Fiji has made rapid progress to elections

Fiji’s possible return to the fold of the Pacific Islands Forum, the region’s preeminent inter-governmental organisation of independent nations of the Pacific, has been much in discussion in recent months. Fiji was suspended from the Forum in May 2009, after it failed to meet the deadline set by the regionl group to hold democratic elections in the country. Fiji’s interim government, which had assumed political power after the events of December 2006 during which an elected government was ousted, then claimed that conditions were not right to hold elections. It would not at that time make a firm commitment to a timetable for the elections, which is what precipitated the suspension. Meanwhile, Fiji was also suspended from the British Commonwealth of Nations for much the same reasons. Over the past year, however, Fiji has made rapid and convincing progress toward holding democratic elections in September. Under the auspices of the interim government, the country has developed a new constitution. It has also reworked its electoral systems and invited international observers to oversee the electoral process less than two months from now. A couple of months ago in the run up to this scenario, both Australia and New Zealand, two of the wealthiest and only Western world members of the Forum, lifted several sanctions that they had placed on Fiji over the past eight years. The lifting of sanctions was clearly a show of confidence in the slow but sure steps that the interim government was taking toward returning to a democratic polity driven by free and fair elections. In fact senior ministers and politicians of these two nations have gone on record in the media praising Fiji for its efforts, albeit choosing their words cautiously. They have also expressed willingness to help with the electoral process, which they have been invited to participate in, by Fiji’s administration. All in all, there is an air of increasing positivity around the Fiji situation over the past few months.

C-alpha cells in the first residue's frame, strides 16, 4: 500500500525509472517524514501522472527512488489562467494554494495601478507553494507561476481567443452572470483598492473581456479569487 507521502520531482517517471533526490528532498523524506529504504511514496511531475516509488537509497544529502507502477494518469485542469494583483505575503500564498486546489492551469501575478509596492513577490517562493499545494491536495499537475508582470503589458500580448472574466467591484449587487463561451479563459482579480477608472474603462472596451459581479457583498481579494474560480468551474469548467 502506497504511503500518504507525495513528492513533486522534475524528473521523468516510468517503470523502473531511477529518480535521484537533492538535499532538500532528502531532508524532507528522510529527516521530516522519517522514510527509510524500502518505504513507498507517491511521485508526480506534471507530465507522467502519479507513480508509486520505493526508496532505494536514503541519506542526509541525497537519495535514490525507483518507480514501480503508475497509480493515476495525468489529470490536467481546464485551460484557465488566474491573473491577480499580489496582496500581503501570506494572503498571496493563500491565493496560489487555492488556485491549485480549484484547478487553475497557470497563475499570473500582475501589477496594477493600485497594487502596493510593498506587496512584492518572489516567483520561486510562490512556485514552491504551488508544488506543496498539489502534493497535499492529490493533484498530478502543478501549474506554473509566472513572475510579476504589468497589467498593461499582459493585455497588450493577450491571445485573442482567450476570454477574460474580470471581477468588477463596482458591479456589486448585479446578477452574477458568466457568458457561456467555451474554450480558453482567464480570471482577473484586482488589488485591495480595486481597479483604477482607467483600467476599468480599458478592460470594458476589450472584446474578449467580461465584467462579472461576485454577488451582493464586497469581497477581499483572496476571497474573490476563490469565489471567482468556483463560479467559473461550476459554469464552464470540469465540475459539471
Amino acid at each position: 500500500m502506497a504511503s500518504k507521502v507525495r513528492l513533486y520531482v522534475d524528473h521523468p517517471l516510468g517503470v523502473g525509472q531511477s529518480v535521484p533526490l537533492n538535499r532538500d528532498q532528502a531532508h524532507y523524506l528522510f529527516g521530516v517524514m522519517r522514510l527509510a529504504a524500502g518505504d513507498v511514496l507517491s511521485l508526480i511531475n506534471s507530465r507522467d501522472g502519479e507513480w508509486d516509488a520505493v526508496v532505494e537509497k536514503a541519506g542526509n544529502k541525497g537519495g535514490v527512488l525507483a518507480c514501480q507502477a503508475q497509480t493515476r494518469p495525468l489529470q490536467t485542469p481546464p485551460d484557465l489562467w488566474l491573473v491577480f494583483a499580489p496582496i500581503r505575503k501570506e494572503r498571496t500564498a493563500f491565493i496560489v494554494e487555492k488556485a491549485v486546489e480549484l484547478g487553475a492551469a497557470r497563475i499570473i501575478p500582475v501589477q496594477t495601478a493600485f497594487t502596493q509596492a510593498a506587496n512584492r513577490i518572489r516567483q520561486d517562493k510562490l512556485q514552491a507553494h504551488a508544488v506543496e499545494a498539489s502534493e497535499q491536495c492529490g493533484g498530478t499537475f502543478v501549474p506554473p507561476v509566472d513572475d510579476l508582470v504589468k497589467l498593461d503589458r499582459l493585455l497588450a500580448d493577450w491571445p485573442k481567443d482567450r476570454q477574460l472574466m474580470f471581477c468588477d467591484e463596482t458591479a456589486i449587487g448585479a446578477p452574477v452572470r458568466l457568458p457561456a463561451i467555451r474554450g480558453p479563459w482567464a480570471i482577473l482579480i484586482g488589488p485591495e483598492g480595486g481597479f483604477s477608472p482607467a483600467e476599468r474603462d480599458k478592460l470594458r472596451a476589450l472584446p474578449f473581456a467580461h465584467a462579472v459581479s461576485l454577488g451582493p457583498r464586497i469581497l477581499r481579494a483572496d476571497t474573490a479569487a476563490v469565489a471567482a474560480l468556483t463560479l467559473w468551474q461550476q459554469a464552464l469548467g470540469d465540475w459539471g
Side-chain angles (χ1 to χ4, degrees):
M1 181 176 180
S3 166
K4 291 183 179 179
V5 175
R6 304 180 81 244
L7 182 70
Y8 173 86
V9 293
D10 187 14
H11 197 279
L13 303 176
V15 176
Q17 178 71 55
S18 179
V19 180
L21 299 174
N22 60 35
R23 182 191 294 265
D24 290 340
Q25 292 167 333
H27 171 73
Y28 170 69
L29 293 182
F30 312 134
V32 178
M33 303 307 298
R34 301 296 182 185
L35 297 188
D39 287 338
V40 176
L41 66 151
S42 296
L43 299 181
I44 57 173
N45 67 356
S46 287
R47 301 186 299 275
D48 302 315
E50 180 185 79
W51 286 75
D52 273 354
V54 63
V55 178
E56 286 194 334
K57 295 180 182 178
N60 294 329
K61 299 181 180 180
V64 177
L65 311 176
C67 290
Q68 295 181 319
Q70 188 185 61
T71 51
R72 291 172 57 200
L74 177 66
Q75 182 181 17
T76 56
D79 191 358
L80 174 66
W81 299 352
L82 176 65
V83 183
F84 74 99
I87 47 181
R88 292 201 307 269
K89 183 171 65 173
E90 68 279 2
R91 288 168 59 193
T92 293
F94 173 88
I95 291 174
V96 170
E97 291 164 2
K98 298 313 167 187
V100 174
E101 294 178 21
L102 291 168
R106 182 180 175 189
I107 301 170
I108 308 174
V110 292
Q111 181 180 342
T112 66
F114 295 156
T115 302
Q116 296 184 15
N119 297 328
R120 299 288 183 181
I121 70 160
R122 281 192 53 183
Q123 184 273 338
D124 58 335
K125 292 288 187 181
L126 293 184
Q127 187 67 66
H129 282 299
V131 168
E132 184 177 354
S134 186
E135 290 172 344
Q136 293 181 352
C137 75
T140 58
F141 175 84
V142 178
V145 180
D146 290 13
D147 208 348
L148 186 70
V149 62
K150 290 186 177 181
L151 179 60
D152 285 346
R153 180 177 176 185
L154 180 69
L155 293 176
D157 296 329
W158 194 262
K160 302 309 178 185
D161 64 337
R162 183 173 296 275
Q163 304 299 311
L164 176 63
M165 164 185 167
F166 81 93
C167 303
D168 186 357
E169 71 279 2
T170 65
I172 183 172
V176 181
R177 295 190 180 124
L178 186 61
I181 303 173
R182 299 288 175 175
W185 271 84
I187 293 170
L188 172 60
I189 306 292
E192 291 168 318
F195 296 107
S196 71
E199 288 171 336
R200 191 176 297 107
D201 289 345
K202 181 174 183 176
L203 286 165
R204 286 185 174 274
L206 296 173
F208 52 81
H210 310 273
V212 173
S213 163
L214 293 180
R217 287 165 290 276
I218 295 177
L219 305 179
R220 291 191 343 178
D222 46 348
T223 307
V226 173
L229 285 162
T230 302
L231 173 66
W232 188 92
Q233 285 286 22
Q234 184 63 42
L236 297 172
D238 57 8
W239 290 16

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• We Say is compiled and edited by Samisoni Pareti

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